The American Medical Association Wednesday approved a report calling for expanded treatment of drug abusers and other major changes in the nation's war against drugs.

Also Wednesday, the nation's largest organization of doctors called for reform of the nation's Medicaid health insurance system for the poor to establish uniform nationwide eligibility standards and uniform payments for medical care.The AMA's House of Delegates, its policymaking body, voted to lobby the government to expand Medicaid to cover an additional 27 million poor people at an estimated cost of $24 billion at 1988 spending levels.

On the drug issue, delegates called for shifting the main point of attack from trying to catch drug traffickers to working to reduce demand for their illegal products by expanding treatment of abusers.

"We are saying this nation does have the will to overcome the drug problem, but it simply has the wrong game plan," said Dr. Lonnie Bristow, an AMA trustee from Berkeley, Calif.

The delegates Wednesday also approved a recommendation intended to encourage biomedical companies that may be hesitant about developing new products for fear of lawsuits.

It urged that state and federal governments reform the nation's court system to limit the amount of money awarded in product liability lawsuits.

Worry about being sued by patients and having to pay multimillion-dollar awards is leading the companies to hold off on developing new vaccines, drugs and other "potentially life-saving technologies," according to a report presented to the group.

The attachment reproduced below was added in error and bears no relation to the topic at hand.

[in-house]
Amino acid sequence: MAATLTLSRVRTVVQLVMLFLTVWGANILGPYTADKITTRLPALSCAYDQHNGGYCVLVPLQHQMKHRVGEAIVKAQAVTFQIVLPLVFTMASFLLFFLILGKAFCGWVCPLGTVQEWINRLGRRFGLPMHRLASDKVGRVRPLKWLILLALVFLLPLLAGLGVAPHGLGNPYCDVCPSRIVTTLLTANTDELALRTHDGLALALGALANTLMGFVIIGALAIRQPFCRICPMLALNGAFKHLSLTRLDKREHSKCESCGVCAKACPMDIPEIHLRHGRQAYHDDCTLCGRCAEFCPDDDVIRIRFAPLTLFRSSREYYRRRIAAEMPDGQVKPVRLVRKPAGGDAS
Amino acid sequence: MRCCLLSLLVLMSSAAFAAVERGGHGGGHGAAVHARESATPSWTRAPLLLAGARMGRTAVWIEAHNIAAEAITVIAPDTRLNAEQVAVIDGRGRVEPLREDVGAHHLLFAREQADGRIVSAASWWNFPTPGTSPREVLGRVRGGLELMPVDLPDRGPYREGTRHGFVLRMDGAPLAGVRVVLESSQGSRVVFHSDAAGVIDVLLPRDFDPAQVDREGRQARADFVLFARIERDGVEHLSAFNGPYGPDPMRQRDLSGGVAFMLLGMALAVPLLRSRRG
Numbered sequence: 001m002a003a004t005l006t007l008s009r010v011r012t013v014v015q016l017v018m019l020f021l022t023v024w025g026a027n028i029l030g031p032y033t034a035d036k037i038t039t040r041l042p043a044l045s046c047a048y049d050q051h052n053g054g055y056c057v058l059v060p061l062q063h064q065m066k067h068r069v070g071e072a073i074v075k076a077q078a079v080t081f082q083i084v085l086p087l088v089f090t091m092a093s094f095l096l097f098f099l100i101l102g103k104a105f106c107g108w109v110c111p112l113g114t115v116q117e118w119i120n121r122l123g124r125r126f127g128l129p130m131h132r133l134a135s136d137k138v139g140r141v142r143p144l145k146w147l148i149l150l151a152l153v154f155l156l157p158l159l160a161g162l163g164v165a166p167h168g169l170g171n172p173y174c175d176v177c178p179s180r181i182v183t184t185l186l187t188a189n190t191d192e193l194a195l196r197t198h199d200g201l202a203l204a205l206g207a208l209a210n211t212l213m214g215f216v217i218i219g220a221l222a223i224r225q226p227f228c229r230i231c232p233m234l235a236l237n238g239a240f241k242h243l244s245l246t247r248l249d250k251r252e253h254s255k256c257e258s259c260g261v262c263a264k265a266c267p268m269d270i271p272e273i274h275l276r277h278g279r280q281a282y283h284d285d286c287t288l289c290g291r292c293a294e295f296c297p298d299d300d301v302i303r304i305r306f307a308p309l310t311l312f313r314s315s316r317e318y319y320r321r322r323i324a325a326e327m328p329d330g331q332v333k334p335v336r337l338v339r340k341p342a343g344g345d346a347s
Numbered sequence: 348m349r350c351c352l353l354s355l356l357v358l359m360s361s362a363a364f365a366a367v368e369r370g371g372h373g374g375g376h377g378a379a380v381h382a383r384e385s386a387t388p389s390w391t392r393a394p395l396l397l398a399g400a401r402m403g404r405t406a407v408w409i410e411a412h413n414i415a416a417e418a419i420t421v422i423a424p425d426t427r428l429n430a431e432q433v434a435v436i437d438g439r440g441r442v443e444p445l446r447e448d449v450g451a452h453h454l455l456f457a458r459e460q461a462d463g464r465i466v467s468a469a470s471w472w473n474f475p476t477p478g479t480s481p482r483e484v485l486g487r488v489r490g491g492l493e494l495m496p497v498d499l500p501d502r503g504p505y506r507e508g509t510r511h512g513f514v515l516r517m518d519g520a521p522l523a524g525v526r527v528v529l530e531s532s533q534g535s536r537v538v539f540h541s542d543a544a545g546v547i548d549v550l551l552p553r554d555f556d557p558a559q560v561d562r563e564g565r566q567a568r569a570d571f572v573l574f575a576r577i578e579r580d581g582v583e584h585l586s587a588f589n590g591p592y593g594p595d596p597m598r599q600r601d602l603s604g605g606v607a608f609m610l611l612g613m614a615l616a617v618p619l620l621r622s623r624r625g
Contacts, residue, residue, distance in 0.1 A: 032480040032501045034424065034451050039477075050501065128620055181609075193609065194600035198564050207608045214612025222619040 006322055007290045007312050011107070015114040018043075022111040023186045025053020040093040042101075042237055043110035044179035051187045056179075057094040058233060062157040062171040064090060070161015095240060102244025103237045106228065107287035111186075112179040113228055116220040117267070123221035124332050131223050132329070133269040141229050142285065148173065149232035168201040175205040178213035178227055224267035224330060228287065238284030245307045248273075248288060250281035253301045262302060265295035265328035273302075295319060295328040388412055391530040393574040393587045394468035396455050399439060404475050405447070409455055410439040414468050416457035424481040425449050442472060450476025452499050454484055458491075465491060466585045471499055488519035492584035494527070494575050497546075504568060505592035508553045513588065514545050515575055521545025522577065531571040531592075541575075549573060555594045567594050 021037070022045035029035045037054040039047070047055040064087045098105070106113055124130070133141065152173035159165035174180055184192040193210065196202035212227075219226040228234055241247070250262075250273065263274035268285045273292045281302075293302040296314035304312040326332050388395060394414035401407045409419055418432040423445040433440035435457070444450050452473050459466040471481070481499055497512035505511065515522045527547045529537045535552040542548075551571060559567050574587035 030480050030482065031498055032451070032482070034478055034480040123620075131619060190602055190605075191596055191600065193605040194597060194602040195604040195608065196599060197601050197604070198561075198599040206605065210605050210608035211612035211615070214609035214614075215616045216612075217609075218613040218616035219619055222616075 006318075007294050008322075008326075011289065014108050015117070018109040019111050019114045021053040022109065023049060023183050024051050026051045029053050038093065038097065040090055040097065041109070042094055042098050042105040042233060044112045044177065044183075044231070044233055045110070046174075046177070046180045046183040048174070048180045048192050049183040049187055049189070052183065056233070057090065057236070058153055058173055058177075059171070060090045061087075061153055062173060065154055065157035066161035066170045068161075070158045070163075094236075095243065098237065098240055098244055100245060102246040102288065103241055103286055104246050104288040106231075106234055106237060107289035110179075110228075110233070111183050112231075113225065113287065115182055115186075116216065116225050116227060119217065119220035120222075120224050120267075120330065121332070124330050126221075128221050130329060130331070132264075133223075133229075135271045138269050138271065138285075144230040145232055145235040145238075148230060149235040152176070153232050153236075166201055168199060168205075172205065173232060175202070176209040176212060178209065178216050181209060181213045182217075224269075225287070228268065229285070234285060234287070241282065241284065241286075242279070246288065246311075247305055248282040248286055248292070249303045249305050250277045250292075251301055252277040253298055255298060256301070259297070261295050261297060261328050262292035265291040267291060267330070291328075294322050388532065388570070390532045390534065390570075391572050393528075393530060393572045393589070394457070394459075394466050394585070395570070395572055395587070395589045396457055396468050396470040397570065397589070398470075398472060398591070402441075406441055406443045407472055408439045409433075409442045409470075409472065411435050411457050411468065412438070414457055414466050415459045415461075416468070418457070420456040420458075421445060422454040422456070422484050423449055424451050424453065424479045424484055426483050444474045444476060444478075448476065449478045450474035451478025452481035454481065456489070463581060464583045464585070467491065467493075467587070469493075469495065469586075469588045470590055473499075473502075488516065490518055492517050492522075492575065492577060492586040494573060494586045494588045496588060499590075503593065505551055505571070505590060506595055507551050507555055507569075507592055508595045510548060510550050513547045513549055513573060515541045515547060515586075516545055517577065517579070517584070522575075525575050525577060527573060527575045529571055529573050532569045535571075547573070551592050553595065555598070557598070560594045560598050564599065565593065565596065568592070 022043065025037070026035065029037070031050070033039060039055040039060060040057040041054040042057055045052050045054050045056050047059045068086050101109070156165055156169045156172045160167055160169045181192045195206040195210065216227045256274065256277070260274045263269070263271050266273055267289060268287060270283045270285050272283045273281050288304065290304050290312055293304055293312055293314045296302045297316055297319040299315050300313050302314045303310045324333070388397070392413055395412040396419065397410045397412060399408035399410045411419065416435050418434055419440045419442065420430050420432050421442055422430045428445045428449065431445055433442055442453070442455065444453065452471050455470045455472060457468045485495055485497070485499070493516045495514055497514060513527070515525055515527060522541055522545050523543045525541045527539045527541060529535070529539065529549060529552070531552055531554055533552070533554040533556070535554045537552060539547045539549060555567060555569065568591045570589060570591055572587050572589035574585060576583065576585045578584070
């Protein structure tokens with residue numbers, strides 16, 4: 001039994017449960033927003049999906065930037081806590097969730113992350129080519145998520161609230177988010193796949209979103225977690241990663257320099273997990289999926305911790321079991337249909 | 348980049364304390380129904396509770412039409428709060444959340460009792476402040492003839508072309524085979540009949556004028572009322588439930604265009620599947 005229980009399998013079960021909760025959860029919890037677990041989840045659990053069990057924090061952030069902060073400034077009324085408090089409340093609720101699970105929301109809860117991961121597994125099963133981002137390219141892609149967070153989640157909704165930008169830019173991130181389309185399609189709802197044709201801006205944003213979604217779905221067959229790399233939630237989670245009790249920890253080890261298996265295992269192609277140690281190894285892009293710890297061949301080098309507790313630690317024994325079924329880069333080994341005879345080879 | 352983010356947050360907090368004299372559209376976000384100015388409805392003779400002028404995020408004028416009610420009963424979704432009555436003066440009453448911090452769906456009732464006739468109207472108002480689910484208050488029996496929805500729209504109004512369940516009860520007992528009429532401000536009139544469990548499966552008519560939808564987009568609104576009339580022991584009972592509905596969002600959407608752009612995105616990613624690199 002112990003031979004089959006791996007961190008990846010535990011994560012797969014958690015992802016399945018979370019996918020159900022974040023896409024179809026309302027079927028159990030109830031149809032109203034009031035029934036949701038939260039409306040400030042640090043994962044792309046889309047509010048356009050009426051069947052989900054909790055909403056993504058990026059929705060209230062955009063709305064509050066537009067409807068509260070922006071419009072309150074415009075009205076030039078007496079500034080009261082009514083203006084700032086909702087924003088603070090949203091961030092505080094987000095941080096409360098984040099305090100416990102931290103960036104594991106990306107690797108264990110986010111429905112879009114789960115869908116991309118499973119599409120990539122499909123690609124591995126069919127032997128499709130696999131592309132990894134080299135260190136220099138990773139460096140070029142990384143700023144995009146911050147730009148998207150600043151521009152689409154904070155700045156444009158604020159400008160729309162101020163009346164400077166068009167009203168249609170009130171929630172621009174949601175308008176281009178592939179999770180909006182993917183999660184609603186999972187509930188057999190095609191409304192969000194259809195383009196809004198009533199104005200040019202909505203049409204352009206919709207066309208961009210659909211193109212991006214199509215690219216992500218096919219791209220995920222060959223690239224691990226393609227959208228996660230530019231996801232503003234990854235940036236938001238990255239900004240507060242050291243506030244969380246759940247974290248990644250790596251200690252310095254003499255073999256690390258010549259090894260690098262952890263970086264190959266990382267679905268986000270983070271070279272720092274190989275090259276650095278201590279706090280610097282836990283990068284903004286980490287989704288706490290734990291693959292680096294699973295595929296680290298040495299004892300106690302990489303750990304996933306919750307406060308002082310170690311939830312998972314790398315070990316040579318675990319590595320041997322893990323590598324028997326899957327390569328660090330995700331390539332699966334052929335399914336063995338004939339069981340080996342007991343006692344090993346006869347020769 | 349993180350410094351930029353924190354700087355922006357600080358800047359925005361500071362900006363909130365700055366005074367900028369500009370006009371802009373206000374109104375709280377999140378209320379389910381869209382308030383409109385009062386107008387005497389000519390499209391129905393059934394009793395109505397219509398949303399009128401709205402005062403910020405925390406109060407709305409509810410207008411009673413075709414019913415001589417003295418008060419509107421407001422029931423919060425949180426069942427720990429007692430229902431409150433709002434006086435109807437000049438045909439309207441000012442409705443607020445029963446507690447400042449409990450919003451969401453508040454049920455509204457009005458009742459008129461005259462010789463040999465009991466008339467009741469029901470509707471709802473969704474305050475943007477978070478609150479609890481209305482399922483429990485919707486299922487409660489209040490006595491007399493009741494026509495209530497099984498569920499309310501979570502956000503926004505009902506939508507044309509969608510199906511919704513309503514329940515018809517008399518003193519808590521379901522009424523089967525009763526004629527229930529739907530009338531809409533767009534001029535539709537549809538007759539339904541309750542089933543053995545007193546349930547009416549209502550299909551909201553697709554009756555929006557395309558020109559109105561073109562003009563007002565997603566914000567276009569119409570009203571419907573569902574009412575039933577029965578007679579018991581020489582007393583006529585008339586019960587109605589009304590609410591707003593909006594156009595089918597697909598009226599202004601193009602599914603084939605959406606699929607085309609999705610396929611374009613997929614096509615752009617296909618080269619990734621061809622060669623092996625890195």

On Tuesday, the House of Delegates rejected a ban on publishing articles about euthanasia but held firm against mercy killing.

It also called for bans on toy guns that can be mistaken for the real thing and on real, non-metallic firearms that can slip through metal detectors and other screening devices.

The policy-making arm of the 295,000-member group voted to urge the federal government to end price supports for tobacco and help tobacco farmers begin growing other crops but postponed action on a proposal for doubling the federal tobacco tax.

The 420 delegates voted later Wednesday on a proposal calling for creation of a new class of hospital worker.

The drug policy approved Wednesday recommends that the federal government expand drug abuse treatment programs, ease regulations to permit private doctors to treat opiate addicts with methadone and strengthen drug education programs aimed at adolescents.

The policy also calls on the president to appoint "a high-ranking official of the Executive Branch to coordinate federal drug policy."